applying on issues which may have long

applying to medical professionals and government employees. Several European countries have passed national legislation banning medical personnel from involvement in FGM (Tynan, 1997). Any move to outlaw the practice itself will also make medical professionals position clear in regard to the law and FGM.
The second issue in the health field is how to provide proper care and support for the physical and psychological suffering of the women and girls who have experienced FGM. There is a need for more research into the damage that FGM causes. Strategies and procedures with health care are need, including training and information for professionals. There is a responsibility for all professional bodies to produce guidelines upon the practice and how their members can respond professionally.
FGM is now firmly located in the international human rights field, alongside other violence against women, though as yet there is no specific instrument within international human rights law which deals with FGM (Merry, 2001). In the 1980s both the UK and Sweden were the first countries to introduce national legislation making the practice of FGM illegal (Dorkenoo and Elworthy, 1992:11). France, rather than having specific legislation prosecutes those who practice or conspire to practice FGM on children under the age of 15 through its standard penal codes (ibid, Dorkenoo and Elworthy, 1992:11).
The law, both nationally and internationally, recognises that children are not sufficiently independent to decide for or protect themselves on issues which may have long term impact. Actions taken involving children should be in; according to the Convention on the Rights of the Child (Article 3, Paragraph 1) (CRC, 1989:2), and much national legislation. FGM is fully recognised as contrary to that best interest standard and as such FGM is a child rights violation. Furthermore, the mandate of the Convention on the Rights of the Child affirms, (Article 24, Paragraph 3) (CRC, 1989:7). There are several problems with the ‘best interests of the child’ approach. FGM is seen as in the best interests of the child by parents and family members within a community places social, cultural and economic importance on FGM However they would be categorised as inadequate or violent parents under the convention, as interpreted by the international community (Boulware-Miller, 1985). Communities practicing FGM view it as a normal, even essential, part of a child’s development. Here we see that in seeking to end FGM, it is essential to address the issue that it is viewed as a social good, not just focus on the physical or psychological harm it does.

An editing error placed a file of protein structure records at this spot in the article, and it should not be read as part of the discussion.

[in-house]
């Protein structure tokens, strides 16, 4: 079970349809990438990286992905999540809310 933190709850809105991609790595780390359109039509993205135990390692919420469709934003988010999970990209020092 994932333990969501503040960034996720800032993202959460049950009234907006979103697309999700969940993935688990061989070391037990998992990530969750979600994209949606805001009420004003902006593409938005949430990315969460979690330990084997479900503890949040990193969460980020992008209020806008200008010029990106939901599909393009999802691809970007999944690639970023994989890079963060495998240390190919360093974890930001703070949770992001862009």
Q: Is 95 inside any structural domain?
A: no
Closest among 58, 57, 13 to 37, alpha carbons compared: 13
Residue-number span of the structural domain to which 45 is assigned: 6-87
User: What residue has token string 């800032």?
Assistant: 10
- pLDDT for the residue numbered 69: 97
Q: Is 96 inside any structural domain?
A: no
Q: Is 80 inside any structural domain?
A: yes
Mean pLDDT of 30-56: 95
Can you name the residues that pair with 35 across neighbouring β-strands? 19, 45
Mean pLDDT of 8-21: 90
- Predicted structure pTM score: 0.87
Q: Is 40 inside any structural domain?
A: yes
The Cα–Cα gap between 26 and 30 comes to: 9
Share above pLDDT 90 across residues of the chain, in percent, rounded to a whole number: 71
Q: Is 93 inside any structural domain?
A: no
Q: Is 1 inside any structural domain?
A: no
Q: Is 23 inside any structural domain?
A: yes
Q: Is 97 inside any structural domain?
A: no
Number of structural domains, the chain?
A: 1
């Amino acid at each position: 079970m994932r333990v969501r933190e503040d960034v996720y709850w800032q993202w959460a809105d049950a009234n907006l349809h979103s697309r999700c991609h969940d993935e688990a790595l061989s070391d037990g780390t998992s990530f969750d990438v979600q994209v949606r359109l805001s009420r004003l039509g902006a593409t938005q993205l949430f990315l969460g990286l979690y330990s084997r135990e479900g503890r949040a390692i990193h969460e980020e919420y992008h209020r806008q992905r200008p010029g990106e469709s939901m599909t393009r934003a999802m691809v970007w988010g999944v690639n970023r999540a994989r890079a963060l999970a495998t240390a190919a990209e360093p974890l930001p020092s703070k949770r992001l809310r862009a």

Internationally, FGM is seen as a fundamental violation of the human rights of children and of girls and women. FGM violates the right to be free from cruel, inhuman, or degrading treatment and torture and the right to health, security, and physical integrity, and the right to life in the case of fatal complications. Children upon whom this is practiced do not give informed consent, denying these girls any option to be involved in decisions about their bodies. Due to the intense social pressure to perform FGM, there is little incentive and much to lose in not supporting the practice. So, in reality there is likely to be many in the community who would support an end to FGM if the social norms changed.
International instruments of human rights now directly name FGM as violence against women placing a responsibility on states to ban it. A base of support for women is found in the Universal Declaration of Human Rights (UDHR) of 1948. Article 5 states that,


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